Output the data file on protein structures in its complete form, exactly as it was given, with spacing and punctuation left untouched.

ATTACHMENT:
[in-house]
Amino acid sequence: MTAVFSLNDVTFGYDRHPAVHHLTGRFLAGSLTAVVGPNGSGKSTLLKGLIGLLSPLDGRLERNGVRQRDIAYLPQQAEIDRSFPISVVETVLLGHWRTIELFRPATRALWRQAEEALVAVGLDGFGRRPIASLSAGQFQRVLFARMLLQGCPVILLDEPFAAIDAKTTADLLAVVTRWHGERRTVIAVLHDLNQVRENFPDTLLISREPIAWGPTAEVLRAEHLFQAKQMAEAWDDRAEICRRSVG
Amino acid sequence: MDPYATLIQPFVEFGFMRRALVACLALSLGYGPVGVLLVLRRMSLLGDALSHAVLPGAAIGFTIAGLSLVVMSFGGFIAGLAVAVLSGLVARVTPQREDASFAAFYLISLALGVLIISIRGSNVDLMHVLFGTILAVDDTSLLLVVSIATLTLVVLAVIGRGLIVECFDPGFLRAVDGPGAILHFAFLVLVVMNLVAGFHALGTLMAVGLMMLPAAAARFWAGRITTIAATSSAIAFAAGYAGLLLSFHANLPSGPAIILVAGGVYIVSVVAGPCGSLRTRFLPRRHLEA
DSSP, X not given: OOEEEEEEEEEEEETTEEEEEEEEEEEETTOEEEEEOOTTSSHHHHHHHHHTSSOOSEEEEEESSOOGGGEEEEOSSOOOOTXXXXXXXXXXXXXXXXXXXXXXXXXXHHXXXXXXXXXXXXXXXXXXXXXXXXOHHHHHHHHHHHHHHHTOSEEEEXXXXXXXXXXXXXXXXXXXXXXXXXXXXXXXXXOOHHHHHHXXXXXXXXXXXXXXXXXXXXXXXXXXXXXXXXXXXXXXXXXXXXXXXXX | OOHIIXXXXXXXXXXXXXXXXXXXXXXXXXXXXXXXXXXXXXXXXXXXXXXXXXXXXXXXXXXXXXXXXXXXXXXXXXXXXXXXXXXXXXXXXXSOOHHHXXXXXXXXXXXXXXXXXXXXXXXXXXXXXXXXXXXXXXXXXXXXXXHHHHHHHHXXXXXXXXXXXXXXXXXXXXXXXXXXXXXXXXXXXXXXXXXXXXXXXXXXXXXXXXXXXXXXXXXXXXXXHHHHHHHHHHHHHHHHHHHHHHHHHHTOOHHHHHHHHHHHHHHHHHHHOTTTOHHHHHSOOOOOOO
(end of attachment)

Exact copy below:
[in-house]
Amino acid sequence: MTAVFSLNDVTFGYDRHPAVHHLTGRFLAGSLTAVVGPNGSGKSTLLKGLIGLLSPLDGRLERNGVRQRDIAYLPQQAEIDRSFPISVVETVLLGHWRTIELFRPATRALWRQAEEALVAVGLDGFGRRPIASLSAGQFQRVLFARMLLQGCPVILLDEPFAAIDAKTTADLLAVVTRWHGERRTVIAVLHDLNQVRENFPDTLLISREPIAWGPTAEVLRAEHLFQAKQMAEAWDDRAEICRRSVG
Amino acid sequence: MDPYATLIQPFVEFGFMRRALVACLALSLGYGPVGVLLVLRRMSLLGDALSHAVLPGAAIGFTIAGLSLVVMSFGGFIAGLAVAVLSGLVARVTPQREDASFAAFYLISLALGVLIISIRGSNVDLMHVLFGTILAVDDTSLLLVVSIATLTLVVLAVIGRGLIVECFDPGFLRAVDGPGAILHFAFLVLVVMNLVAGFHALGTLMAVGLMMLPAAAARFWAGRITTIAATSSAIAFAAGYAGLLLSFHANLPSGPAIILVAGGVYIVSVVAGPCGSLRTRFLPRRHLEA
DSSP, X not given: OOEEEEEEEEEEEETTEEEEEEEEEEEETTOEEEEEOOTTSSHHHHHHHHHTSSOOSEEEEEESSOOGGGEEEEOSSOOOOTXXXXXXXXXXXXXXXXXXXXXXXXXXHHXXXXXXXXXXXXXXXXXXXXXXXXOHHHHHHHHHHHHHHHTOSEEEEXXXXXXXXXXXXXXXXXXXXXXXXXXXXXXXXXOOHHHHHHXXXXXXXXXXXXXXXXXXXXXXXXXXXXXXXXXXXXXXXXXXXXXXXXX | OOHIIXXXXXXXXXXXXXXXXXXXXXXXXXXXXXXXXXXXXXXXXXXXXXXXXXXXXXXXXXXXXXXXXXXXXXXXXXXXXXXXXXXXXXXXXXSOOHHHXXXXXXXXXXXXXXXXXXXXXXXXXXXXXXXXXXXXXXXXXXXXXXHHHHHHHHXXXXXXXXXXXXXXXXXXXXXXXXXXXXXXXXXXXXXXXXXXXXXXXXXXXXXXXXXXXXXXXXXXXXXXHHHHHHHHHHHHHHHHHHHHHHHHHHTOOHHHHHHHHHHHHHHHHHHHOTTTOHHHHHSOOOOOOO